A provincial grant is helping finance an extension of the Grand Trunk Pathway west to Kitsumkalum. (File photo)

Construction to start on Grand Trunk pathway extension and Lakelse gateway connection

Construction starts July 11 with plans for completion in the fall

The City of Terrace announced on Tuesday (July 5) that construction is scheduled to start on both the Grand Trunk pathway extension from Frank Street to the Kalum River Bridge, and the Lakelse connection project from Apsley Street to the Old Skeena River Bridge. Construction starts July 11 with plans for completion in the fall.

The Grand Trunk contract has been awarded to Uplands Nursery, and the Lakelse contract has been awarded to Bear Creek Contracting. The Grand Trunk pathway project will complete the recreational and active transportation link west to Kitsumkalum First Nation, that the city said will also address safety issues along the corridor, at a projected cost $1 million.

The city undertook the Grand Trunk pathway master plan in 2008 to link downtown Terrace to the Kitsumkalum River to the west of the city. Since the adoption of the master plan, two of the three sections have been completed.

The remaining section, the “Skeena River Walk,” will link the “Grand View Walk” section, which ends at Frank Street.

The extension connects the existing commuter and recreational pathway from Frank Street to the Kitsumkalum River bridge along the northern portion of Hwy 16 right-of-way.

In 2018 the city conducted a feasibility review of the alignment for this final segment of the pathway and the proposed north alignment was considered the most feasible option.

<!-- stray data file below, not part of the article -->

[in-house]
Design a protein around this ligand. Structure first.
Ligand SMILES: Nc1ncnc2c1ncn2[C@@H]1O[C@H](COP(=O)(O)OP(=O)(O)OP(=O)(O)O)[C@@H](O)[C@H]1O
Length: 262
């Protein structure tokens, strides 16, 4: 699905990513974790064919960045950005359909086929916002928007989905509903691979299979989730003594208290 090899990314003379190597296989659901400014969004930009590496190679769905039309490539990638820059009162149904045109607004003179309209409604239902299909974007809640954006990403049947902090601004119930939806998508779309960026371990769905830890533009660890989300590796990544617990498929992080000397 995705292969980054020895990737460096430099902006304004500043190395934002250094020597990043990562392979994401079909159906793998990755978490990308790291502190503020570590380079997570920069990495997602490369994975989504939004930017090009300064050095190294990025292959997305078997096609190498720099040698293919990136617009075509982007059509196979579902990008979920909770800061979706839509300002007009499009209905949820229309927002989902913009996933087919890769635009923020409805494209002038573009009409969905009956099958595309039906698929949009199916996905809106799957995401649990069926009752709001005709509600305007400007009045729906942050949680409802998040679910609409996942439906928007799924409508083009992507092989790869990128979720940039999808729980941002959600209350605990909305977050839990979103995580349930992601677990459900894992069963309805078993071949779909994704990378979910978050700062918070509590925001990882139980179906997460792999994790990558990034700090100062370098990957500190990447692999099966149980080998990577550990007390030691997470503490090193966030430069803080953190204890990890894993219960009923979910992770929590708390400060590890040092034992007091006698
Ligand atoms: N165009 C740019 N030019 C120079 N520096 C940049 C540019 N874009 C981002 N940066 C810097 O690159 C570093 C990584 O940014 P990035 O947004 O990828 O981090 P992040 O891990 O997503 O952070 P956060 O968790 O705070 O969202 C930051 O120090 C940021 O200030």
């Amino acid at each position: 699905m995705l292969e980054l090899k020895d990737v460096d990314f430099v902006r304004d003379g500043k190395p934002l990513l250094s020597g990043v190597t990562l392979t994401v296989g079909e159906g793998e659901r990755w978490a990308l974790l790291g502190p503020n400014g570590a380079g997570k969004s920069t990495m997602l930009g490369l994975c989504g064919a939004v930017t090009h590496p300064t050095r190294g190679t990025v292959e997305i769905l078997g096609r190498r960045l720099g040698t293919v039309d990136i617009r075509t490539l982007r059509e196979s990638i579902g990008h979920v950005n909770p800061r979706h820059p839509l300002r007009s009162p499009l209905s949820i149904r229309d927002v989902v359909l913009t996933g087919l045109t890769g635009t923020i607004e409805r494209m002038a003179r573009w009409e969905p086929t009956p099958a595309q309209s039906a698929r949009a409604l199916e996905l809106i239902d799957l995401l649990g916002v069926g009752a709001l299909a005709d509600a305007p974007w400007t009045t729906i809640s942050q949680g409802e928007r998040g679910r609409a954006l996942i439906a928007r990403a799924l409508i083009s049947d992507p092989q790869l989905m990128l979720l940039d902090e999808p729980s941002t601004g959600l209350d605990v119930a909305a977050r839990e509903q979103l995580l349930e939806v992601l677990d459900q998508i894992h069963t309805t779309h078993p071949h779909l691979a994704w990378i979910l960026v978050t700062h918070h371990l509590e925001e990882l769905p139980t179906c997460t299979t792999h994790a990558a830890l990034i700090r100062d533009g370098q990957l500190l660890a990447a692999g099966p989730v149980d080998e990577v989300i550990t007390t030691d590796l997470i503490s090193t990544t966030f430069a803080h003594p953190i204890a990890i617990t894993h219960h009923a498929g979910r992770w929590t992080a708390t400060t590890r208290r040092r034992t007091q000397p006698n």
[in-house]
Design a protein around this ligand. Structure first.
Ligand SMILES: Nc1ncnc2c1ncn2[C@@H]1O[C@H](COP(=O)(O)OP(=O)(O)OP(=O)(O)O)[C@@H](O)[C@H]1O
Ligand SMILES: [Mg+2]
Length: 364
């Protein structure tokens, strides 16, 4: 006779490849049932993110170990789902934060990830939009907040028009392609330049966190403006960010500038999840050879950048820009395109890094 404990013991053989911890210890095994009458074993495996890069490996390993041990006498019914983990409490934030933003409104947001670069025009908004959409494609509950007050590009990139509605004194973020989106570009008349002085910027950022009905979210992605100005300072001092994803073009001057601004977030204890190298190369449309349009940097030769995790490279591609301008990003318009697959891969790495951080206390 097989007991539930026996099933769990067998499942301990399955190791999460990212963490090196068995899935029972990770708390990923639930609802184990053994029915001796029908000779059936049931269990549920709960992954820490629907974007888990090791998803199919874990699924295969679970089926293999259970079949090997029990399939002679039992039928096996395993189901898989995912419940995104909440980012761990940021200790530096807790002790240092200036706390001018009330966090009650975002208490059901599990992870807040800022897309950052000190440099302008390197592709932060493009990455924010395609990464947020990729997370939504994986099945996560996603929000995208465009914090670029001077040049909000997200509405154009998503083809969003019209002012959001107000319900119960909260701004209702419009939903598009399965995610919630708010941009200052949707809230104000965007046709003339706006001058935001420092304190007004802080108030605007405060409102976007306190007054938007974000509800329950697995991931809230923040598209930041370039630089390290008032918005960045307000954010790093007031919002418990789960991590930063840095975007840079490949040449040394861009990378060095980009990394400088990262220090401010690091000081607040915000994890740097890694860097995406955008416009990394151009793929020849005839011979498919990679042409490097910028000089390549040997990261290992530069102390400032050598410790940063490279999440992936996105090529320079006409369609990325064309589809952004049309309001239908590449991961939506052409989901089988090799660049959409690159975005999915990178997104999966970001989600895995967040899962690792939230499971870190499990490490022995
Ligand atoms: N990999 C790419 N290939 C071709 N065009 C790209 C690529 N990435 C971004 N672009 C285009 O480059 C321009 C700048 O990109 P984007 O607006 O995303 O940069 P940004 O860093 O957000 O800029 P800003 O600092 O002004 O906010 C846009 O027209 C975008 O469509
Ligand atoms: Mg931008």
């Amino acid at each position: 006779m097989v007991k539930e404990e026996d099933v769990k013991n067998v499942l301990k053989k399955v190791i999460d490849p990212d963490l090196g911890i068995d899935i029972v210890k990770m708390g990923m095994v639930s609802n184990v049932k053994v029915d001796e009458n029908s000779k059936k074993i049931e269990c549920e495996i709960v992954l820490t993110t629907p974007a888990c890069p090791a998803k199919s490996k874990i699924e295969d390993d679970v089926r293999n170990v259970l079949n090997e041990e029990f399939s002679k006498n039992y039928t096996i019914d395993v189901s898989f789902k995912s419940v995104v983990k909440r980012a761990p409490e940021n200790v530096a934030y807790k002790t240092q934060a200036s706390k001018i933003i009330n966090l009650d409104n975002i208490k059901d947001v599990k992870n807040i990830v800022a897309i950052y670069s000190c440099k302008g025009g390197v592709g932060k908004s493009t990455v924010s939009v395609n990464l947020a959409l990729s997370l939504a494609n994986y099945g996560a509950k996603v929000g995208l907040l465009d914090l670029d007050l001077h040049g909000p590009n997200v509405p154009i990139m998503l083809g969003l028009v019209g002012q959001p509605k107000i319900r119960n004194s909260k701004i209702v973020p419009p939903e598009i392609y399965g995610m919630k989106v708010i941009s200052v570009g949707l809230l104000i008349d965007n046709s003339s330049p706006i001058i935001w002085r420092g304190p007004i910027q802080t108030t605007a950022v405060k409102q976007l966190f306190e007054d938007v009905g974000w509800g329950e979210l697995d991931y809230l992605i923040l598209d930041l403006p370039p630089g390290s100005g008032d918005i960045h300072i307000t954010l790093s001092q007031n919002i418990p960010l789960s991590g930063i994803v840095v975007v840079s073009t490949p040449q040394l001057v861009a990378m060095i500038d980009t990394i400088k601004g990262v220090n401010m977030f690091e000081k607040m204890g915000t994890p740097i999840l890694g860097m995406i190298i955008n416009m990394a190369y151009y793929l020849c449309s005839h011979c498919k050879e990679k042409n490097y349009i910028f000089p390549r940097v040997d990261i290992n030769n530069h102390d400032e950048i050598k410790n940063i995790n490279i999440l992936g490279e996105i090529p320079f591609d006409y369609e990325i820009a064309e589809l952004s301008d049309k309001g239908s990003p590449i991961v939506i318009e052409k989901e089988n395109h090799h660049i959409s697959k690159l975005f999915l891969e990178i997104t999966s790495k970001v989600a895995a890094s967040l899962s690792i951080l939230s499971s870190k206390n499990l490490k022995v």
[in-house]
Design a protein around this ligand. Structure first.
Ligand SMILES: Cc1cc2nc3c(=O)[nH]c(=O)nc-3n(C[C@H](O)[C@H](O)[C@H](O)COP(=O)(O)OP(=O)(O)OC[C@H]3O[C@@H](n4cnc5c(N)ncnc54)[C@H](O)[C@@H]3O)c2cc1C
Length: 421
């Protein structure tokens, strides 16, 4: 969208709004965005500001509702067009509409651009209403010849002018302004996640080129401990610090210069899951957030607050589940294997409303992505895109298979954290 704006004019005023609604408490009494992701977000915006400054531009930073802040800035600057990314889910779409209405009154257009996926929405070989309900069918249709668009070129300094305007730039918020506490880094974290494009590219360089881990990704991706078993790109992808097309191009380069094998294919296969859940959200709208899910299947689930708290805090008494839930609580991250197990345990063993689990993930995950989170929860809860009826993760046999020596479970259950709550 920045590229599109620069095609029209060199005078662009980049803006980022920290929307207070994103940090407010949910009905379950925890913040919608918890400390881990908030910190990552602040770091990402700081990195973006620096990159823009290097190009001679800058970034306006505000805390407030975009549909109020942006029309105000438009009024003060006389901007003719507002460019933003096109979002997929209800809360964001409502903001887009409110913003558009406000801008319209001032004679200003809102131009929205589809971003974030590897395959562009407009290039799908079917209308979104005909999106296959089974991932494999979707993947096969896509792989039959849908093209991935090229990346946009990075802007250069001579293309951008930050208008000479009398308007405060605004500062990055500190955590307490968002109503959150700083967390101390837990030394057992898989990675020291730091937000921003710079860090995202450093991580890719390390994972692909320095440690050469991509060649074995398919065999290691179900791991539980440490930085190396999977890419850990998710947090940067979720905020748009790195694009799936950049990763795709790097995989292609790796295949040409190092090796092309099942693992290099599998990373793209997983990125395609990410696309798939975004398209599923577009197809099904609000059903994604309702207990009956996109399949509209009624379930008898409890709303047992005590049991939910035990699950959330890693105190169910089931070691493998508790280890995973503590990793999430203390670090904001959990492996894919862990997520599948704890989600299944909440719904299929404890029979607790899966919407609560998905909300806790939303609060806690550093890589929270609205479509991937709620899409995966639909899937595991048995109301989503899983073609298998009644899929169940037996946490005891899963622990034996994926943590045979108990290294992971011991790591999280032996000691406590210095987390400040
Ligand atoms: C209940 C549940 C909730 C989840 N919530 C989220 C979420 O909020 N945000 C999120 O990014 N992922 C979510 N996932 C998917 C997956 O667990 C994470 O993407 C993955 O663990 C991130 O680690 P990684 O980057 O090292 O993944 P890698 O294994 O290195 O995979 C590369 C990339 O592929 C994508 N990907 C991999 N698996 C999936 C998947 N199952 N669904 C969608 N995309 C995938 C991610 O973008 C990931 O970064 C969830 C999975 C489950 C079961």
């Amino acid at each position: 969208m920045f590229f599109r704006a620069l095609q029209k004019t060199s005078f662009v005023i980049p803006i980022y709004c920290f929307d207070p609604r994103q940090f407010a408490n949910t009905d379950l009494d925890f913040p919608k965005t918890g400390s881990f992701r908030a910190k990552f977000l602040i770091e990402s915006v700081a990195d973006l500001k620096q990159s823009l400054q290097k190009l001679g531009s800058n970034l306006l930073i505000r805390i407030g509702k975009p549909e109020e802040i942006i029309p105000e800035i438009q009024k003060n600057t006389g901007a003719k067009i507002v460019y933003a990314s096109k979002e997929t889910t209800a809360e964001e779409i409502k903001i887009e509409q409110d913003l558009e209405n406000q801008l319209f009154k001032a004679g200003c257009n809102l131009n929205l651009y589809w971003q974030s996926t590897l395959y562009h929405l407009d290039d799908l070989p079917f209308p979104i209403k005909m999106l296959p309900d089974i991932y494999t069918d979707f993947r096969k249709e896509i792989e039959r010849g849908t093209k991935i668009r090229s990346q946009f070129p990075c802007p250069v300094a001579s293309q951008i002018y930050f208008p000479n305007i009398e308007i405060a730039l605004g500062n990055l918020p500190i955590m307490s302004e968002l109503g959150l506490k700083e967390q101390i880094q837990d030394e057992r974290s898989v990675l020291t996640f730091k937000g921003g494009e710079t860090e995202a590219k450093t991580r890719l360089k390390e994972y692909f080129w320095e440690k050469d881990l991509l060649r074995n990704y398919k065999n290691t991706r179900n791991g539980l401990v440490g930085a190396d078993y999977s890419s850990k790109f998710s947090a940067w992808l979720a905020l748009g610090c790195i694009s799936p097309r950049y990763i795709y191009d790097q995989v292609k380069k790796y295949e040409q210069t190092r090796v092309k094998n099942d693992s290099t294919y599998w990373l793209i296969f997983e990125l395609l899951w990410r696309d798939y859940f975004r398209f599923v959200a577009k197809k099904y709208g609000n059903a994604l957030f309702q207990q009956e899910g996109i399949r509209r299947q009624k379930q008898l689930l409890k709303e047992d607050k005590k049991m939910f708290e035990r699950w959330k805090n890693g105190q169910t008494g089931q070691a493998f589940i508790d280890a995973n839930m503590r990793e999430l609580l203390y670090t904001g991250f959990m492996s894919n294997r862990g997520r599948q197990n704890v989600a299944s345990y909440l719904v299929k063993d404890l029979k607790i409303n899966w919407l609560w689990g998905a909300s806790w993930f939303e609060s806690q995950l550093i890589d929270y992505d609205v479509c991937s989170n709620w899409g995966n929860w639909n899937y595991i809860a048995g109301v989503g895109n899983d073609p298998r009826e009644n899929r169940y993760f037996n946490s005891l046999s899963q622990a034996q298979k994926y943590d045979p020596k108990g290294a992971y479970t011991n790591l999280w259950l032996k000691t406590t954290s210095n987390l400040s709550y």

In 2020, the city was awarded a $500,000 Rural Community Development Grant through the Ministry of Forests, Lands, Natural Resource Operations and Rural Development which allowed the city to go ahead with the project.

That year council also allocated $505,000 from the 2019 Gas Tax Program toward this project.

The Lakelse Gateway Connection Project will more safely connect Terrace to Thornhill by way of a 1-kilometre multi-use pathway on the north side of Lakelse Ave. The existing gravel shoulder will be upgraded to a separated 3-metre wide asphalt pathway along with the completion of related roadworks.

The pathway will span from the old Skeena Bridge at the east end to the entry into downtown Terrace at Apsley Street.

At Apsley Street, the pathway will finish at a small gateway—likely including signage, landscaping, and a resting area—marking the entrance into downtown Terrace. In 2021 the city received a provincial Community Economic Recovery Infrastructure grant for $921,352 to complete the project.


 

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